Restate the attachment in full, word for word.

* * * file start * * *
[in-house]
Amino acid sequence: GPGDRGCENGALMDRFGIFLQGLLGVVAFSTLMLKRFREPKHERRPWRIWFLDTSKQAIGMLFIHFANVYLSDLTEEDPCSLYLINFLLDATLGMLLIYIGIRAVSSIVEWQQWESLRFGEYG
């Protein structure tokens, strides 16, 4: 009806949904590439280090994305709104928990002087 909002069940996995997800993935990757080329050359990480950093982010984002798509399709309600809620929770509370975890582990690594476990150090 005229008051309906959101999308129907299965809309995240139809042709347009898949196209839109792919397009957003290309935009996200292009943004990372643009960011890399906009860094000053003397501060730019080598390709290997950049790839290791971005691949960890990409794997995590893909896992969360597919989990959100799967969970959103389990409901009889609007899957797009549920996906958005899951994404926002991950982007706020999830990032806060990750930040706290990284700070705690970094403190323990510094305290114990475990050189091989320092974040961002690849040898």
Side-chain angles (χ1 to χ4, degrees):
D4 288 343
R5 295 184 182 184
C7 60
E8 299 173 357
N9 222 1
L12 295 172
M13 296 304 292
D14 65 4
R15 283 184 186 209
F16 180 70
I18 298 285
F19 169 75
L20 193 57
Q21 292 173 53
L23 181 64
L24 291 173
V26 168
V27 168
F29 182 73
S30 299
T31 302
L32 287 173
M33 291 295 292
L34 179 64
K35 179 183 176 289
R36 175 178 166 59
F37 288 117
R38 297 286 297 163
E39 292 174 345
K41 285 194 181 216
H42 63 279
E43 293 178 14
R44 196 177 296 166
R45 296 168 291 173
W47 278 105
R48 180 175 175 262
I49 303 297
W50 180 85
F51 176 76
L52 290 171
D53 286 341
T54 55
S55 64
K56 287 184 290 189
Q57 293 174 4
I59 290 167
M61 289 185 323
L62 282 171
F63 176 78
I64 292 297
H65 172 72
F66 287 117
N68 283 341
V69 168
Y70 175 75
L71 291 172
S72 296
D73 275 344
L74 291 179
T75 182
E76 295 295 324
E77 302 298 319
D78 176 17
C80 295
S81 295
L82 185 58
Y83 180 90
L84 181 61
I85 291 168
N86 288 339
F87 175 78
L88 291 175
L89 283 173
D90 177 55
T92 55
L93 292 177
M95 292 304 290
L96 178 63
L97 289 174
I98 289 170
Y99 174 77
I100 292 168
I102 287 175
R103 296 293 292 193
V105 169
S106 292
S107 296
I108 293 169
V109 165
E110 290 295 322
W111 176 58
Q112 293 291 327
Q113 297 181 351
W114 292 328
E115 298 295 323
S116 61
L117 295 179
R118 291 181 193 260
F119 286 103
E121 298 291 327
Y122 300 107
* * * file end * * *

[in-house]
Amino acid sequence: GPGDRGCENGALMDRFGIFLQGLLGVVAFSTLMLKRFREPKHERRPWRIWFLDTSKQAIGMLFIHFANVYLSDLTEEDPCSLYLINFLLDATLGMLLIYIGIRAVSSIVEWQQWESLRFGEYG
């Protein structure tokens, strides 16, 4: 009806949904590439280090994305709104928990002087 909002069940996995997800993935990757080329050359990480950093982010984002798509399709309600809620929770509370975890582990690594476990150090 005229008051309906959101999308129907299965809309995240139809042709347009898949196209839109792919397009957003290309935009996200292009943004990372643009960011890399906009860094000053003397501060730019080598390709290997950049790839290791971005691949960890990409794997995590893909896992969360597919989990959100799967969970959103389990409901009889609007899957797009549920996906958005899951994404926002991950982007706020999830990032806060990750930040706290990284700070705690970094403190323990510094305290114990475990050189091989320092974040961002690849040898």
Side-chain angles (χ1 to χ4, degrees):
D4 288 343
R5 295 184 182 184
C7 60
E8 299 173 357
N9 222 1
L12 295 172
M13 296 304 292
D14 65 4
R15 283 184 186 209
F16 180 70
I18 298 285
F19 169 75
L20 193 57
Q21 292 173 53
L23 181 64
L24 291 173
V26 168
V27 168
F29 182 73
S30 299
T31 302
L32 287 173
M33 291 295 292
L34 179 64
K35 179 183 176 289
R36 175 178 166 59
F37 288 117
R38 297 286 297 163
E39 292 174 345
K41 285 194 181 216
H42 63 279
E43 293 178 14
R44 196 177 296 166
R45 296 168 291 173
W47 278 105
R48 180 175 175 262
I49 303 297
W50 180 85
F51 176 76
L52 290 171
D53 286 341
T54 55
S55 64
K56 287 184 290 189
Q57 293 174 4
I59 290 167
M61 289 185 323
L62 282 171
F63 176 78
I64 292 297
H65 172 72
F66 287 117
N68 283 341
V69 168
Y70 175 75
L71 291 172
S72 296
D73 275 344
L74 291 179
T75 182
E76 295 295 324
E77 302 298 319
D78 176 17
C80 295
S81 295
L82 185 58
Y83 180 90
L84 181 61
I85 291 168
N86 288 339
F87 175 78
L88 291 175
L89 283 173
D90 177 55
T92 55
L93 292 177
M95 292 304 290
L96 178 63
L97 289 174
I98 289 170
Y99 174 77
I100 292 168
I102 287 175
R103 296 293 292 193
V105 169
S106 292
S107 296
I108 293 169
V109 165
E110 290 295 322
W111 176 58
Q112 293 291 327
Q113 297 181 351
W114 292 328
E115 298 295 323
S116 61
L117 295 179
R118 291 181 193 260
F119 286 103
E121 298 291 327
Y122 300 107